Scientists celebrate first collision attempt at an energy of 7 TeV at LHC

Posted on Tuesday 2nd August 2011

The first very high speed collisions at the Large Hadron Collider are planned today, Tuesday 30th March.  To mark this step the University of Birmingham’s School of Physics and Astronomy is hosting a live web feed from CERN to watch the morning’s events unfold.

This will be the first attempt to collide protons together at an energy of 7 TeV (3.5 TeV for each beam).  7 TeV means an energy of 7 million million electron volts.  This will break the current record of 2.36 TeV that was achieved at CERN at the end of 2009. 

Physicists at Birmingham are playing a crucial role in two experiments at CERN that will bring them another step closer to answering some of the most fundamental questions about the Universe.  They hope that it will help them to uncover mysteries of the universe by measuring particle collisions under conditions that would have existed less than a millionth of a second after the Big Bang. 

The Birmingham team designed and built the sophisticated trigger electronics for the ATLAS and ALICE detectors that will help to select the important particle collisions – scientists will then be able to concentrate on the data most likely to yield new discoveries.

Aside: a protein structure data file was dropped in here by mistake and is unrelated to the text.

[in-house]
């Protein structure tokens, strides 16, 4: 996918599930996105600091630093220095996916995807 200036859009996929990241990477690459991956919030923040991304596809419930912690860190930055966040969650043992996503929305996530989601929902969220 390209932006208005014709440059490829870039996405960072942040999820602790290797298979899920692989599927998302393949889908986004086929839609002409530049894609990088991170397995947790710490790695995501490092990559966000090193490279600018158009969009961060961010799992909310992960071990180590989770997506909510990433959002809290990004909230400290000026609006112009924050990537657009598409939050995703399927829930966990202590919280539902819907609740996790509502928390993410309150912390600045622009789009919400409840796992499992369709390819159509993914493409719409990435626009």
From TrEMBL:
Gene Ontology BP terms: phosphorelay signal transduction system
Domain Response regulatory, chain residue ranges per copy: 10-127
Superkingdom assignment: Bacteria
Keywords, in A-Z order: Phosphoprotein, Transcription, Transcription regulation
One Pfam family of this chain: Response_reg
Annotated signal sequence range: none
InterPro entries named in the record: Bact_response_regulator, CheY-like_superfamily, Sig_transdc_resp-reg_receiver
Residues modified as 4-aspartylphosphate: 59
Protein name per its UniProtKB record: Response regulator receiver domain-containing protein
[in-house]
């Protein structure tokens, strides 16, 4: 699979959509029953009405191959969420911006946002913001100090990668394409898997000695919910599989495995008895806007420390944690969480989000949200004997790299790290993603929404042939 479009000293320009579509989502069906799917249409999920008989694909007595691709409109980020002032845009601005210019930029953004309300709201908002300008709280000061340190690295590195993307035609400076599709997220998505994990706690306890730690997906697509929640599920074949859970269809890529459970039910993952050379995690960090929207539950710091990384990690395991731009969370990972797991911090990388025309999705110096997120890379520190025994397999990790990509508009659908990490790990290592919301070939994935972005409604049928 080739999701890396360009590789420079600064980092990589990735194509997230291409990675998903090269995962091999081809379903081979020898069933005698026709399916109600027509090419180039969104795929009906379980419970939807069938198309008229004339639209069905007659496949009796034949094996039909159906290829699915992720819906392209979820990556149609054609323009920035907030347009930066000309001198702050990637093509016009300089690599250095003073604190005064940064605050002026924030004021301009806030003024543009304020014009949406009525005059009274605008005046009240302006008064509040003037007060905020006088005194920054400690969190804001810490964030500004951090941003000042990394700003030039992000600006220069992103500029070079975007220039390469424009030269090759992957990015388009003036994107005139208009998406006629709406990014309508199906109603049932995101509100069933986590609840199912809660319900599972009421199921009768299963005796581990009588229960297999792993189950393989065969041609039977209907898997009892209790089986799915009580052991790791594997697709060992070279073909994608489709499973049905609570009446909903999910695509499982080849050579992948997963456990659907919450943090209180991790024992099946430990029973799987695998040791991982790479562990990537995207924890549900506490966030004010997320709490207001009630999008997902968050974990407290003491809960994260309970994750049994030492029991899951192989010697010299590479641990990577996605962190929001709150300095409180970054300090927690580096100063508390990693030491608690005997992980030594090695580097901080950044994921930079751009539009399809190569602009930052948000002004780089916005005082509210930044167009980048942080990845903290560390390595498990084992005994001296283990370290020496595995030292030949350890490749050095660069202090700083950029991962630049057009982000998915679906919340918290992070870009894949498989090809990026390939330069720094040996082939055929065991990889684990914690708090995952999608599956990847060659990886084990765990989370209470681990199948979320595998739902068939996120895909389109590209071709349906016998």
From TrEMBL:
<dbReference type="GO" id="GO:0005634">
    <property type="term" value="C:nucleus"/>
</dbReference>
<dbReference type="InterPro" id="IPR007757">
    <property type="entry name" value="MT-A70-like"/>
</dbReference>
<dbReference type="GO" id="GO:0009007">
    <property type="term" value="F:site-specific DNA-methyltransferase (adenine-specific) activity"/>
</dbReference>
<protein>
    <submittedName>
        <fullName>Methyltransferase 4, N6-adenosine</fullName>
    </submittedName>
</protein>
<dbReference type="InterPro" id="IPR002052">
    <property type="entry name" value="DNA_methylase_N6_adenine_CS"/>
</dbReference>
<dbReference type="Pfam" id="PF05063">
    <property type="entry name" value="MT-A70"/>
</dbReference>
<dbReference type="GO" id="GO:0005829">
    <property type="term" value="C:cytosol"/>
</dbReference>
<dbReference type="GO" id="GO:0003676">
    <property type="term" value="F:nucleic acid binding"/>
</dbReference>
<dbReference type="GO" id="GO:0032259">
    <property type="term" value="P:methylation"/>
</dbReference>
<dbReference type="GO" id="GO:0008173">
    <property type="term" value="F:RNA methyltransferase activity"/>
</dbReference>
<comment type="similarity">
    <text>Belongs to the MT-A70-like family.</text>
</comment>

Professor Pete Watkins, from the School of Physics and Astronomy, who works on the ATLAS project, said, ‘No particle accelerator has ever come close to this energy – it is the biggest challenge the accelerator has faced to date and it spells the beginning of an exciting adventure for scientists exploring brand new physics.’

‘7TeV proton proton collisions at the LHC will allow us  to try to unravel some of the strangest puzzles of our universe.  Many staff and students from the School of Physics and Astronomy work with colleagues from around the world on the ATLAS and ALICE experiments at the LHC and have made important contributions to both of these massive detectors.’

‘Anyone interested in finding out more and experiencing an exciting day taking place at the world’s biggest science experiment is welcome to join us today.’

The web feed will be held in Physics West 117 from 8am until lunchtime and the event is open to all.